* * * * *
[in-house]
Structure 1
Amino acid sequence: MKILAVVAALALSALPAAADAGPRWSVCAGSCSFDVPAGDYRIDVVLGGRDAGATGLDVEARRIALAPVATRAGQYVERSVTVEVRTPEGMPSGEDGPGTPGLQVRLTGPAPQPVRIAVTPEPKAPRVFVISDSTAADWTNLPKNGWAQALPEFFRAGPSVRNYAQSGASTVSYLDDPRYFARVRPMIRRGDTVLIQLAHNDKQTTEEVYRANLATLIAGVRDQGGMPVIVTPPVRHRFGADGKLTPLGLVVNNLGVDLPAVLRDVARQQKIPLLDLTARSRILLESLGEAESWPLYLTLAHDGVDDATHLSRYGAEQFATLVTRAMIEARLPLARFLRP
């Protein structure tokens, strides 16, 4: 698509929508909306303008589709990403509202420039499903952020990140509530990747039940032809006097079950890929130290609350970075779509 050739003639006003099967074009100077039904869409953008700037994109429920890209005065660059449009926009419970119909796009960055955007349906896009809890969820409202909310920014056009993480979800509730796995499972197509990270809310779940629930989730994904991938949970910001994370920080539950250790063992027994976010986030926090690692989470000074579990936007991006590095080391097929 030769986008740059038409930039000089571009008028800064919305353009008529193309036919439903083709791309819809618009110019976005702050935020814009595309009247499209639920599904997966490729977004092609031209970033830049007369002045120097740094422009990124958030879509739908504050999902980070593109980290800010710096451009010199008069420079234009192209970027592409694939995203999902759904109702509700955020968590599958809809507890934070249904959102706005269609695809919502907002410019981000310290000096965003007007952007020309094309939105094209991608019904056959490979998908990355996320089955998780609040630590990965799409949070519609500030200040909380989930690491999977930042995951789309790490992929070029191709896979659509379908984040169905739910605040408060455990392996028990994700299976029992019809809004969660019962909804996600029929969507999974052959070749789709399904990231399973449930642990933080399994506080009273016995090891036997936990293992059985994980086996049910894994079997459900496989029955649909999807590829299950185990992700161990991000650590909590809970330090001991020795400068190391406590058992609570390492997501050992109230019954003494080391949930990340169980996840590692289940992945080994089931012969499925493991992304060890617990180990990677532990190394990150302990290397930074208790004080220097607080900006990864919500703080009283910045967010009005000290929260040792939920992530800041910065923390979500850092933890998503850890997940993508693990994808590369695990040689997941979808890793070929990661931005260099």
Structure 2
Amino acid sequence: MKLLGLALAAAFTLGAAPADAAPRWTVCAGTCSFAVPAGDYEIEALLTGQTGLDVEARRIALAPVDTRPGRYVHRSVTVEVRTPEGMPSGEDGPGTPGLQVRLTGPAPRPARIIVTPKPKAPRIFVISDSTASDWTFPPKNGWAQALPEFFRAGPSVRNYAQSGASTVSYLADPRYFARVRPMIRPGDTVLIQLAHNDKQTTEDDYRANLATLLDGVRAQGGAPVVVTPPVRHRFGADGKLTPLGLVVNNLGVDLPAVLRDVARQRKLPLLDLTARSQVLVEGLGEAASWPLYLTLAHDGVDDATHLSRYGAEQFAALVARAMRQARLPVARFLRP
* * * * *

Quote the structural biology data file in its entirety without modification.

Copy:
[in-house]
Structure 1
Amino acid sequence: MKILAVVAALALSALPAAADAGPRWSVCAGSCSFDVPAGDYRIDVVLGGRDAGATGLDVEARRIALAPVATRAGQYVERSVTVEVRTPEGMPSGEDGPGTPGLQVRLTGPAPQPVRIAVTPEPKAPRVFVISDSTAADWTNLPKNGWAQALPEFFRAGPSVRNYAQSGASTVSYLDDPRYFARVRPMIRRGDTVLIQLAHNDKQTTEEVYRANLATLIAGVRDQGGMPVIVTPPVRHRFGADGKLTPLGLVVNNLGVDLPAVLRDVARQQKIPLLDLTARSRILLESLGEAESWPLYLTLAHDGVDDATHLSRYGAEQFATLVTRAMIEARLPLARFLRP
């Protein structure tokens, strides 16, 4: 698509929508909306303008589709990403509202420039499903952020990140509530990747039940032809006097079950890929130290609350970075779509 050739003639006003099967074009100077039904869409953008700037994109429920890209005065660059449009926009419970119909796009960055955007349906896009809890969820409202909310920014056009993480979800509730796995499972197509990270809310779940629930989730994904991938949970910001994370920080539950250790063992027994976010986030926090690692989470000074579990936007991006590095080391097929 030769986008740059038409930039000089571009008028800064919305353009008529193309036919439903083709791309819809618009110019976005702050935020814009595309009247499209639920599904997966490729977004092609031209970033830049007369002045120097740094422009990124958030879509739908504050999902980070593109980290800010710096451009010199008069420079234009192209970027592409694939995203999902759904109702509700955020968590599958809809507890934070249904959102706005269609695809919502907002410019981000310290000096965003007007952007020309094309939105094209991608019904056959490979998908990355996320089955998780609040630590990965799409949070519609500030200040909380989930690491999977930042995951789309790490992929070029191709896979659509379908984040169905739910605040408060455990392996028990994700299976029992019809809004969660019962909804996600029929969507999974052959070749789709399904990231399973449930642990933080399994506080009273016995090891036997936990293992059985994980086996049910894994079997459900496989029955649909999807590829299950185990992700161990991000650590909590809970330090001991020795400068190391406590058992609570390492997501050992109230019954003494080391949930990340169980996840590692289940992945080994089931012969499925493991992304060890617990180990990677532990190394990150302990290397930074208790004080220097607080900006990864919500703080009283910045967010009005000290929260040792939920992530800041910065923390979500850092933890998503850890997940993508693990994808590369695990040689997941979808890793070929990661931005260099």
Structure 2
Amino acid sequence: MKLLGLALAAAFTLGAAPADAAPRWTVCAGTCSFAVPAGDYEIEALLTGQTGLDVEARRIALAPVDTRPGRYVHRSVTVEVRTPEGMPSGEDGPGTPGLQVRLTGPAPRPARIIVTPKPKAPRIFVISDSTASDWTFPPKNGWAQALPEFFRAGPSVRNYAQSGASTVSYLADPRYFARVRPMIRPGDTVLIQLAHNDKQTTEDDYRANLATLLDGVRAQGGAPVVVTPPVRHRFGADGKLTPLGLVVNNLGVDLPAVLRDVARQRKLPLLDLTARSQVLVEGLGEAASWPLYLTLAHDGVDDATHLSRYGAEQFAALVARAMRQARLPVARFLRP